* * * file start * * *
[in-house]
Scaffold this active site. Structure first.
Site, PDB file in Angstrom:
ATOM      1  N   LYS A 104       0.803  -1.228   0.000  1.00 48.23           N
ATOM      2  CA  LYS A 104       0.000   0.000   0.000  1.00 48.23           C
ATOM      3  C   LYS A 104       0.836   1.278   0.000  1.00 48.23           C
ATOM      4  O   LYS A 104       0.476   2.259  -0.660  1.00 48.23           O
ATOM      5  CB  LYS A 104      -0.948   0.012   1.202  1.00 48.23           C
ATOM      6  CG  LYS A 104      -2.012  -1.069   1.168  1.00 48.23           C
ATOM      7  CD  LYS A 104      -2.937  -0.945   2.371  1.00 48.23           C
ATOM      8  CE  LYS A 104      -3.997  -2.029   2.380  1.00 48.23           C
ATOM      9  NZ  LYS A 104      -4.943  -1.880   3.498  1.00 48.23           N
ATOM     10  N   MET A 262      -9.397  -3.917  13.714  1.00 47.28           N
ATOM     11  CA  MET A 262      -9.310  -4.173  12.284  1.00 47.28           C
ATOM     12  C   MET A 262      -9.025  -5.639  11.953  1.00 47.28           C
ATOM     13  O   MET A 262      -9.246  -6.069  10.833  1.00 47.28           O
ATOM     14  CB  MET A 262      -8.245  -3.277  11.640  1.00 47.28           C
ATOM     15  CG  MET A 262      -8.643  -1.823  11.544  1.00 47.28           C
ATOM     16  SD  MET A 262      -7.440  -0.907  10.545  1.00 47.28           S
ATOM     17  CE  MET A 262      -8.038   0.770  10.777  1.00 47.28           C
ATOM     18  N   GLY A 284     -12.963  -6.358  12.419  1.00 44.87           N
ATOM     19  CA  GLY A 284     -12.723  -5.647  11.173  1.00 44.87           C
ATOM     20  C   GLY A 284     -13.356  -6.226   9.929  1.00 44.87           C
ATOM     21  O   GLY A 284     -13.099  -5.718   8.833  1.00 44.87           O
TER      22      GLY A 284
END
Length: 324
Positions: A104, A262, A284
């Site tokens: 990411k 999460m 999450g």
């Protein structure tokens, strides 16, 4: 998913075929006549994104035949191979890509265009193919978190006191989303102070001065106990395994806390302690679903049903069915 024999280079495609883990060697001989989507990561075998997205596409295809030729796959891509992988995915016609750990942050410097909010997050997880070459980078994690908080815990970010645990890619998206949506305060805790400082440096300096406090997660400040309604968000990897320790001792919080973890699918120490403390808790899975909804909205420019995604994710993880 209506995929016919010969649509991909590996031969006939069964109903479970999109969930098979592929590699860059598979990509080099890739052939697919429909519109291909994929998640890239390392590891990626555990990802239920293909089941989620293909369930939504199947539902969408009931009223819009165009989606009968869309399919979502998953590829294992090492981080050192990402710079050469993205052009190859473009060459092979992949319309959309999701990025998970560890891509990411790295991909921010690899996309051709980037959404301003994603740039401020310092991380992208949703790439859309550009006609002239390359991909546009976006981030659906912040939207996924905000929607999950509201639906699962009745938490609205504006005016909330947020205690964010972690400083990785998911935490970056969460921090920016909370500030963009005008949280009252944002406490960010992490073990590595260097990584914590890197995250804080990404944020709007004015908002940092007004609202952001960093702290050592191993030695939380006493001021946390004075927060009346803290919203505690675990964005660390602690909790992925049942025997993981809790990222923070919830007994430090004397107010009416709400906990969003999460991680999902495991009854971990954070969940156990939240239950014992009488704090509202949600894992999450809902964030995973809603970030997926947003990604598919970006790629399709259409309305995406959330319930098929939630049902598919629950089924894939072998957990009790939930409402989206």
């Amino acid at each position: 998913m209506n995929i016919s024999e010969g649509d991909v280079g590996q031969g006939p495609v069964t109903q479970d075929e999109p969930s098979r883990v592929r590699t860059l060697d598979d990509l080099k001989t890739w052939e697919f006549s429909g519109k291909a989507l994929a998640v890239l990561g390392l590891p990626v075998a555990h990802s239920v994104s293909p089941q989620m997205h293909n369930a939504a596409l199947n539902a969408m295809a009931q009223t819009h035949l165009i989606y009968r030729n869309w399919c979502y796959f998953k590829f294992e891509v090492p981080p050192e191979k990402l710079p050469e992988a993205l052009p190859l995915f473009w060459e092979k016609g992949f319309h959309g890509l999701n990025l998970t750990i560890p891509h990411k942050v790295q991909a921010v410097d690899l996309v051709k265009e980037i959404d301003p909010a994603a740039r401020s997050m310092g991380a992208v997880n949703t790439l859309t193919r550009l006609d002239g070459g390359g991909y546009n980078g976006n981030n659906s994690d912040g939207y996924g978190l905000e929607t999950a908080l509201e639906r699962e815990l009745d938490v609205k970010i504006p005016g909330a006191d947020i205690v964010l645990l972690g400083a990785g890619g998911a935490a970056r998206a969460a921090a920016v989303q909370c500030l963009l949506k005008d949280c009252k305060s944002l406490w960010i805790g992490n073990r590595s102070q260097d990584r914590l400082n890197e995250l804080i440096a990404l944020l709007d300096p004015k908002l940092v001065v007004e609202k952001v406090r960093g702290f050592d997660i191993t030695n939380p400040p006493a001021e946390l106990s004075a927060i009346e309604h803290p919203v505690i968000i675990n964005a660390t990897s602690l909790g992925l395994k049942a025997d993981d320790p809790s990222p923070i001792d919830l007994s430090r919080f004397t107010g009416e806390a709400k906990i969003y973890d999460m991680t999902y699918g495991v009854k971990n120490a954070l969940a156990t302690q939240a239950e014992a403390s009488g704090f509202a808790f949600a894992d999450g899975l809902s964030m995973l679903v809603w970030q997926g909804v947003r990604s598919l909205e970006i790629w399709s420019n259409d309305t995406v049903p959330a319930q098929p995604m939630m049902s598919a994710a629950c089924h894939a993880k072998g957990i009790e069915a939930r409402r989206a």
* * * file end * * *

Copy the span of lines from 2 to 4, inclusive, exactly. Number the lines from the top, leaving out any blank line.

Scaffold this active site. Structure first.
Site, PDB file in Angstrom:
ATOM      1  N   LYS A 104       0.803  -1.228   0.000  1.00 48.23           N